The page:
There are some things a small business owner can do to protect themselves. Accordingly, a checklist for entrepreneurs with a home office should thus begin with avoiding cold call solicitations, and instead keeping a record of any initiated contact by residential customers. From there, whether it’s a basement, garage, or attached showroom, insofar as it’s possible, that portion of your home dedicated to the business should have a separate entrance through which potential customers can enter. That business area should also contain samples for the public to review, and more than a de minimus amount of supplies used in the services provided by the business. The business should have exterior facing signage, even if that relies upon stationary vehicles with the company’s emblem and contact information prominently displayed. The business should have a separate dedicated phone number and line, with the residential office address listed on the company’s website, local yellow pages, and any other advertising. All of the business’s stationery, contracts, billing statements, and promotional materials should also expressly identify the residential office address, with potential customers made aware that they may visit the office to view equipment, photos of previous work, or to execute contracts. Finally, keeping records of subcontractors, employees, vendors, and customers: (i) who visit the residential office, (ii) drop off supplies, or (iii) turn in paperwork, also serves to show your right to rely on R.C. 1345.21(A)(4) as an exception to the HSSA.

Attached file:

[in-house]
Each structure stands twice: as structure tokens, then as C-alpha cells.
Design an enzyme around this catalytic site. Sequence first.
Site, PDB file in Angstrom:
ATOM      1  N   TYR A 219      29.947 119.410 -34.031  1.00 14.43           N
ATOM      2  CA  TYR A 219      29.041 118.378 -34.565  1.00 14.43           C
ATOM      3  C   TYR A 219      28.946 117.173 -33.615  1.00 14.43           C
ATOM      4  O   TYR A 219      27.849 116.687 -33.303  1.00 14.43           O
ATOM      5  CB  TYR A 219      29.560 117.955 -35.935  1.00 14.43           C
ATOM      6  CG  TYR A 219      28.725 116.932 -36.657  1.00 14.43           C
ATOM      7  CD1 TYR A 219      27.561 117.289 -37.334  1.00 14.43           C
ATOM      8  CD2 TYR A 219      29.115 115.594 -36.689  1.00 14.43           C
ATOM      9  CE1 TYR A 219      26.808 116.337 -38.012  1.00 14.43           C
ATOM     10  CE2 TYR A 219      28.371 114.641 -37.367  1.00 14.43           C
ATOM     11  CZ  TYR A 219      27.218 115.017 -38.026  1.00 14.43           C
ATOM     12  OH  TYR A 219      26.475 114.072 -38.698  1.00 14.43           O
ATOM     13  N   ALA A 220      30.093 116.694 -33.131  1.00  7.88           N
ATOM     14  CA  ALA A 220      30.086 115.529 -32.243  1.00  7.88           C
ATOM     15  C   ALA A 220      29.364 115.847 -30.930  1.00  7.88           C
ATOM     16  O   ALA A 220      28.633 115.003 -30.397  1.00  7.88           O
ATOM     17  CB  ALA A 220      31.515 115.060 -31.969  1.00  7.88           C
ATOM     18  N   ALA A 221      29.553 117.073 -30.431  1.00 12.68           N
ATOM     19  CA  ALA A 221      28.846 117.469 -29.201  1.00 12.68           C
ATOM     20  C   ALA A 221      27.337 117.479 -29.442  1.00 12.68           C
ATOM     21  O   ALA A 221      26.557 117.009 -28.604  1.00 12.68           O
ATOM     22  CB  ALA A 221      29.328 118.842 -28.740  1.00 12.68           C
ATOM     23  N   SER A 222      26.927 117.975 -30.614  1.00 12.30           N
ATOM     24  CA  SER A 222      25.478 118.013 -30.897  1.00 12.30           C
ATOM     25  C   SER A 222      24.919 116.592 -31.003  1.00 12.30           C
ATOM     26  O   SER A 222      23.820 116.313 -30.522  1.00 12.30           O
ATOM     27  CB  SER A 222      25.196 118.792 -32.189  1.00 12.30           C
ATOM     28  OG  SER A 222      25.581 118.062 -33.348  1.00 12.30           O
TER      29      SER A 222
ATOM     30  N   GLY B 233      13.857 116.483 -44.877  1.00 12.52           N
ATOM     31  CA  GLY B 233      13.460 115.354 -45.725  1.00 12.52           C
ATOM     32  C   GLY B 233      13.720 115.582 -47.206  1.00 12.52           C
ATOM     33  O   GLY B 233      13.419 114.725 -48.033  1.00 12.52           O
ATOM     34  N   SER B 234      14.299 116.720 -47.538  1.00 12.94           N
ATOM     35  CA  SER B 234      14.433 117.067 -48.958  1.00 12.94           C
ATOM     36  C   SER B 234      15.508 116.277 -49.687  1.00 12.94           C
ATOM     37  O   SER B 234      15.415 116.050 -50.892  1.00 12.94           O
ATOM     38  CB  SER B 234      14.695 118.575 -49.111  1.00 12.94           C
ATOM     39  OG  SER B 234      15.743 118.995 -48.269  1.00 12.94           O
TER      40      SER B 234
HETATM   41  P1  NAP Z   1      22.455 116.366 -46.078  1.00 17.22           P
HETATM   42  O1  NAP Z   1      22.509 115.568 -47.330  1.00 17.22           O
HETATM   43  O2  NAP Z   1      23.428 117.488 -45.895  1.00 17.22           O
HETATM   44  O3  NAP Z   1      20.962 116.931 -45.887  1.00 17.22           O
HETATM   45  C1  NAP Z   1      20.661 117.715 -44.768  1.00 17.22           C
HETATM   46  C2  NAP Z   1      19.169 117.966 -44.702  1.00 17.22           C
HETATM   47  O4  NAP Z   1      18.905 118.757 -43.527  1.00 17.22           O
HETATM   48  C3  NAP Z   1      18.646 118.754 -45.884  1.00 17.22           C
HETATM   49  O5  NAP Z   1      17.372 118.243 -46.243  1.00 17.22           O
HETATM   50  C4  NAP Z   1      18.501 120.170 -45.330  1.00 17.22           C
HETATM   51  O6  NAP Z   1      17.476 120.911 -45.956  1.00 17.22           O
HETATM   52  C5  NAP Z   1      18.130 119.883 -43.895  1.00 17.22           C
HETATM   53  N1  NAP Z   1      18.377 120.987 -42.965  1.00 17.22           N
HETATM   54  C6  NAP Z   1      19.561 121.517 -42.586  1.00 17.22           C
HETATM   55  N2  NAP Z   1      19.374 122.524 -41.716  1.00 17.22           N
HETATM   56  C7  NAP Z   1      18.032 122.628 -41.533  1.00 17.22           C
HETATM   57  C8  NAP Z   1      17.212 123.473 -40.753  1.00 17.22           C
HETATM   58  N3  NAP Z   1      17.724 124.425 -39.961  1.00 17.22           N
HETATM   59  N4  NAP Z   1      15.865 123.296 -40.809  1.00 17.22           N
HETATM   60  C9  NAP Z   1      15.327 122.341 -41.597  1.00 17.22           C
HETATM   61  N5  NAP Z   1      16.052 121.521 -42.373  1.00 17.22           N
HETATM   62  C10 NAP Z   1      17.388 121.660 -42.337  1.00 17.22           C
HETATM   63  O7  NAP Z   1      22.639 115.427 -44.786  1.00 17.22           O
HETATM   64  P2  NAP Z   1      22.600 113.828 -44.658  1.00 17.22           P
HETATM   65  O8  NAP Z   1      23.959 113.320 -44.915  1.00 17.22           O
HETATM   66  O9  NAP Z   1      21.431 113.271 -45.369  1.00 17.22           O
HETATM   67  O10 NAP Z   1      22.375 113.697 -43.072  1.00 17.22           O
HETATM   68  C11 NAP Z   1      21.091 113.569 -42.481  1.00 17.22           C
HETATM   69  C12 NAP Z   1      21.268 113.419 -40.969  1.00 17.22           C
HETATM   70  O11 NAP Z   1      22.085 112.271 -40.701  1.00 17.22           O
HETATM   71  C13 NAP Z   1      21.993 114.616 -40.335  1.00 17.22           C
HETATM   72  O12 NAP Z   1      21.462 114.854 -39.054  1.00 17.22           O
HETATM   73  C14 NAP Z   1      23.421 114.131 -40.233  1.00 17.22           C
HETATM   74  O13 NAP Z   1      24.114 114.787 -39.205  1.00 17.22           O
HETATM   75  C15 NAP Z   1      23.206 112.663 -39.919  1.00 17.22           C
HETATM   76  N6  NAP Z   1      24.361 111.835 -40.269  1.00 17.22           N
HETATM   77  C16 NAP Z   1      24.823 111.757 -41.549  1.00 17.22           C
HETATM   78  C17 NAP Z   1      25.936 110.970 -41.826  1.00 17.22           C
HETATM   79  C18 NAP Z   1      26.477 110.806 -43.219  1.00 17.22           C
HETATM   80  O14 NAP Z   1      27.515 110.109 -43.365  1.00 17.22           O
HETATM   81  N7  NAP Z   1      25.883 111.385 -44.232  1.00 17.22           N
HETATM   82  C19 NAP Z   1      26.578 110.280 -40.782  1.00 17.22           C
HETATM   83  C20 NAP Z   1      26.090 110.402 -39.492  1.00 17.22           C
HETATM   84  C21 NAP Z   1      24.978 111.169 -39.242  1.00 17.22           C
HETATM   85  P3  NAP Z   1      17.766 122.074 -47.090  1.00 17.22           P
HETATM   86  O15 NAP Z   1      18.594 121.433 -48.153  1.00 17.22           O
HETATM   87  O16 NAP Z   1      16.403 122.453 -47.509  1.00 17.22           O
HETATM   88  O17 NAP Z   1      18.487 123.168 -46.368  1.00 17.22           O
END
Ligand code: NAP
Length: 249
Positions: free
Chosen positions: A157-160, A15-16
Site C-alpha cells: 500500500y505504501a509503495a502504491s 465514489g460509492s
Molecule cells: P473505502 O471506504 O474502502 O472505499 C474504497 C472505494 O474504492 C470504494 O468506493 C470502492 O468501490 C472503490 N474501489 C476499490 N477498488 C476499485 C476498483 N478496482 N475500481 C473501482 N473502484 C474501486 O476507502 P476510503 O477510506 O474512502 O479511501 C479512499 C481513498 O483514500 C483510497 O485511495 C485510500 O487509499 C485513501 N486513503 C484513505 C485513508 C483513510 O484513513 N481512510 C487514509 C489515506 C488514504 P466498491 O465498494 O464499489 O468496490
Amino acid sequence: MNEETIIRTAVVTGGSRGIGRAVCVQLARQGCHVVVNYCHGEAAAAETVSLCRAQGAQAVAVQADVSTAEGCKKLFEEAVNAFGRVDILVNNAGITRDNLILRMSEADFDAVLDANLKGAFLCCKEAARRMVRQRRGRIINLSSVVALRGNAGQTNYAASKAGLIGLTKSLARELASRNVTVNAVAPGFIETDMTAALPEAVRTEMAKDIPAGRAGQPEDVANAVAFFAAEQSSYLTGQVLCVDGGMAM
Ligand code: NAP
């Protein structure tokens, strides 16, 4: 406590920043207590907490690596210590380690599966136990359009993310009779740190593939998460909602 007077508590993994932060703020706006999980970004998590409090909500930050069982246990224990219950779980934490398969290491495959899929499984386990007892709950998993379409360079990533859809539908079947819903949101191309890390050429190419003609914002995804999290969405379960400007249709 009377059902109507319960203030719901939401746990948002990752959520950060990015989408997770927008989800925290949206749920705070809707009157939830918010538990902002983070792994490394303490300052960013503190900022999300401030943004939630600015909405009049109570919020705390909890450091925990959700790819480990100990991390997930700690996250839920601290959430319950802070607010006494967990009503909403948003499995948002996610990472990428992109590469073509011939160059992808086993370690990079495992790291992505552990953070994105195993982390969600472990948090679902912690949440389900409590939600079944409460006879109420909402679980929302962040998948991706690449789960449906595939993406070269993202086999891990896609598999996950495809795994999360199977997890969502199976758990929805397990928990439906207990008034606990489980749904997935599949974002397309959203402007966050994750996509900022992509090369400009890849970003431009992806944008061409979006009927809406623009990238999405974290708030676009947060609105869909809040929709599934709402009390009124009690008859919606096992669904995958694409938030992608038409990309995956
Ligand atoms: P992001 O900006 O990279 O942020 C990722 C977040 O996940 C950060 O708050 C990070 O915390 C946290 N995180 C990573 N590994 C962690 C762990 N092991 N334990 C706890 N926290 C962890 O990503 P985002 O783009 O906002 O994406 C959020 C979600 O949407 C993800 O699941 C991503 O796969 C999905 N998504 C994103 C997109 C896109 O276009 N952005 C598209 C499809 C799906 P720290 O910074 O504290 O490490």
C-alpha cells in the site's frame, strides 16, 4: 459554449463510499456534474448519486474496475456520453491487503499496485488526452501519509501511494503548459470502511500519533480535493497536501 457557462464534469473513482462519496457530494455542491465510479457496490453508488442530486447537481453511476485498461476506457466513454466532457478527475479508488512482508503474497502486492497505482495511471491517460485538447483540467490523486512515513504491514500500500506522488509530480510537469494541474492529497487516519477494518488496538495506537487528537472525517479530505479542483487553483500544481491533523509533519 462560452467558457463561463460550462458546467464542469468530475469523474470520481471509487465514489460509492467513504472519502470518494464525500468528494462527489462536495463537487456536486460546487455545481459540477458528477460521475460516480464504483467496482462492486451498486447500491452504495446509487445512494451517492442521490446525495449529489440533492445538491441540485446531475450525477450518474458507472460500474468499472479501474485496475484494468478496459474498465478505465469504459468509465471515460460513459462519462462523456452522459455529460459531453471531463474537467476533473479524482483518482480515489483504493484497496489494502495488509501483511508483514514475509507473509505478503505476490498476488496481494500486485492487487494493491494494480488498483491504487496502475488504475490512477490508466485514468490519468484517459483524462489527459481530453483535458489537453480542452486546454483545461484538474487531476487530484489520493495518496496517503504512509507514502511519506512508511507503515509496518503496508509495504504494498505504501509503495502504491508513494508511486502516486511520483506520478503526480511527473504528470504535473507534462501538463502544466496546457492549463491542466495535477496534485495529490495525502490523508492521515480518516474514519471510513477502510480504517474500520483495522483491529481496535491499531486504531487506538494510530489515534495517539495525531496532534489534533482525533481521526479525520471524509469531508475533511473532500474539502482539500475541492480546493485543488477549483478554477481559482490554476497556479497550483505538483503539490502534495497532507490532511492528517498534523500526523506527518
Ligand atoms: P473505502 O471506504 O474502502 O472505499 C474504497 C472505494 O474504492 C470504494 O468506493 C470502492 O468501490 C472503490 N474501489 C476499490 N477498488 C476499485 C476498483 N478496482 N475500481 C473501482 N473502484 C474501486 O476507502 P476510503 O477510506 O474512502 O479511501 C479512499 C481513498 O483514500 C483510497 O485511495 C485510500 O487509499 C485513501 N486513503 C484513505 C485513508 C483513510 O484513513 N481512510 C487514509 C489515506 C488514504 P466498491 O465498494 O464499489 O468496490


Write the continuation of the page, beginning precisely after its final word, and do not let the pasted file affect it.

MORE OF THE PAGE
For more information, please contact Bryan Penick at 937.434.5300 or by email at

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Bryan K. PenickShareholder

Ilya L. PolyakovAssociate